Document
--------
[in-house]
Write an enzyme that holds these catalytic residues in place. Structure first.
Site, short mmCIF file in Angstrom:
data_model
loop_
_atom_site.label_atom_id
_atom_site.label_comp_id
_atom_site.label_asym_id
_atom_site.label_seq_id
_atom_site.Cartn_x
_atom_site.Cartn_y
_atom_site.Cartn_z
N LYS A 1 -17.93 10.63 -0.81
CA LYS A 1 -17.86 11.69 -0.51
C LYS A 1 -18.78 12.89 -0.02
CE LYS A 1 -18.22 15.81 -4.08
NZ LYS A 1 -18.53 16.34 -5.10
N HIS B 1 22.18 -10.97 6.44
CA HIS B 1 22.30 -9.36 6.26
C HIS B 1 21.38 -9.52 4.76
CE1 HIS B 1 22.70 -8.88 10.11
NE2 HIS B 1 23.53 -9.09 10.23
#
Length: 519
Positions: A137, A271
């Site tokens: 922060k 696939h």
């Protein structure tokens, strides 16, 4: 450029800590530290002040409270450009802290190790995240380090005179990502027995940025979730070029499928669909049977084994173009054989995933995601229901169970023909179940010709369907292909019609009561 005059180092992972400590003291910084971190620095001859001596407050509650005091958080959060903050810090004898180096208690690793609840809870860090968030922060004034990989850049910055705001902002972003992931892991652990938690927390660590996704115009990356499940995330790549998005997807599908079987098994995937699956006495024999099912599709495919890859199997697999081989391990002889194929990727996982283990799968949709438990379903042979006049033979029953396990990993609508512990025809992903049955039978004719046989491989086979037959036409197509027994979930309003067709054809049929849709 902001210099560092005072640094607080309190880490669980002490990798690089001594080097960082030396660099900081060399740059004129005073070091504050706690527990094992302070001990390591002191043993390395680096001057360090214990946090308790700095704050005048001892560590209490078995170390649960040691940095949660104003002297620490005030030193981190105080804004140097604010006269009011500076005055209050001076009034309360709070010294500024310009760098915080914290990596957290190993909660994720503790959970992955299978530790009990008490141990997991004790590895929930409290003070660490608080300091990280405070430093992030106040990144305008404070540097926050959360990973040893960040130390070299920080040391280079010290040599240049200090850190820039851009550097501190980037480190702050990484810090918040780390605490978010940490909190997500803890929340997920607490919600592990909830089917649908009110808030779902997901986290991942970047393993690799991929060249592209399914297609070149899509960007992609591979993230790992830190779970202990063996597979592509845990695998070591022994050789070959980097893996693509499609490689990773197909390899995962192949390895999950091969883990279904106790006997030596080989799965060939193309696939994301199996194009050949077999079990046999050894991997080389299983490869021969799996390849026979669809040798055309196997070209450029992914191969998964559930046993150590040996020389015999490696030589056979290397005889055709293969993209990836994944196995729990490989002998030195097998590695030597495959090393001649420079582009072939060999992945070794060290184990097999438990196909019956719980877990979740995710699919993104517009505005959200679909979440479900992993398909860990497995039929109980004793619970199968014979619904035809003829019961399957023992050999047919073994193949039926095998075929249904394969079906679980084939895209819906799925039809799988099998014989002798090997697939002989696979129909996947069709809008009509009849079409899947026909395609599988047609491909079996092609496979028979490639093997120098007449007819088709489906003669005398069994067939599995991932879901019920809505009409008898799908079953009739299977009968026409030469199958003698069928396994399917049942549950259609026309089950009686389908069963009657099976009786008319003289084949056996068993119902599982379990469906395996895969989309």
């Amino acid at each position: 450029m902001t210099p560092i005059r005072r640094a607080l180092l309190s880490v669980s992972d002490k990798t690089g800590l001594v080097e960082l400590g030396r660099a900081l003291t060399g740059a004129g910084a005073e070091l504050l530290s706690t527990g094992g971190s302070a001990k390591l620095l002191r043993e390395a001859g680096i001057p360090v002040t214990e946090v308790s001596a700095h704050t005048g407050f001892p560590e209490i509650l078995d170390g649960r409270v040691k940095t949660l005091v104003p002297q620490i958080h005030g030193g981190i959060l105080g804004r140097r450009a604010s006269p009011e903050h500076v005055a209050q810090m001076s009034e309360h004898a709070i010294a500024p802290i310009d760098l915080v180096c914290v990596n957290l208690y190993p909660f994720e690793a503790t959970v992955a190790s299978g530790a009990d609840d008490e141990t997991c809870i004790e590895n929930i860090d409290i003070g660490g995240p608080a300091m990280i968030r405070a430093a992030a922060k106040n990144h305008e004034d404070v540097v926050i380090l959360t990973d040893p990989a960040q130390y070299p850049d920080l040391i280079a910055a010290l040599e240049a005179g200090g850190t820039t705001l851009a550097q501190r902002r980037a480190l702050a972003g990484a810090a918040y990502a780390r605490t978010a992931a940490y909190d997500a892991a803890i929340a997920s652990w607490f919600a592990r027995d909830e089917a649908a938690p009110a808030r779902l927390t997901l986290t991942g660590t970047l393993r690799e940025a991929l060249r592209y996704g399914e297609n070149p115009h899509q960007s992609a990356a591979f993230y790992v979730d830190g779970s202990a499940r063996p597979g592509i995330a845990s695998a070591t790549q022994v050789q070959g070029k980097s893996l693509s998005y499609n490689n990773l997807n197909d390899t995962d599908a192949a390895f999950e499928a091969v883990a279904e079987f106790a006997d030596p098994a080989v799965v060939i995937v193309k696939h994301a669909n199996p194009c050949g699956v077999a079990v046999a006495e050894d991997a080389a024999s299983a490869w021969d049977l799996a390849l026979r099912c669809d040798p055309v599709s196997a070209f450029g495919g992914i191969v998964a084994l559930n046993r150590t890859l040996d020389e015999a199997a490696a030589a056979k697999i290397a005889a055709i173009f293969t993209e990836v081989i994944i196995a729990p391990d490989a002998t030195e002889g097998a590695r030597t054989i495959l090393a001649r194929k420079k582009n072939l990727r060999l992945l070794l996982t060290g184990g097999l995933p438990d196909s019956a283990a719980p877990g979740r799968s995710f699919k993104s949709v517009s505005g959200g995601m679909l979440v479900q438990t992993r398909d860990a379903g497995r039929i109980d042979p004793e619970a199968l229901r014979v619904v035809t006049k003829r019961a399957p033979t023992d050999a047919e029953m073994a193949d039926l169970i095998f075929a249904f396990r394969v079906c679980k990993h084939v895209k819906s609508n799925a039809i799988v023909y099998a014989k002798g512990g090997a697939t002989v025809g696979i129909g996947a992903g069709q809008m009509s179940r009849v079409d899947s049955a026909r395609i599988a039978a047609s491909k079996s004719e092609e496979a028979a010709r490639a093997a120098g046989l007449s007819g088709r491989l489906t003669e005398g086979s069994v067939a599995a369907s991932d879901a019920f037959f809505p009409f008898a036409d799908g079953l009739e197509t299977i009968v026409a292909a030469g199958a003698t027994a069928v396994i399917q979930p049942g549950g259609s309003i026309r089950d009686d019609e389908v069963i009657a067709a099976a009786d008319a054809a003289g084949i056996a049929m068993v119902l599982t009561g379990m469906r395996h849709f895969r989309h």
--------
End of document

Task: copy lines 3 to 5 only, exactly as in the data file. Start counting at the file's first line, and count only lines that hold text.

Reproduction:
Site, short mmCIF file in Angstrom:
data_model
loop_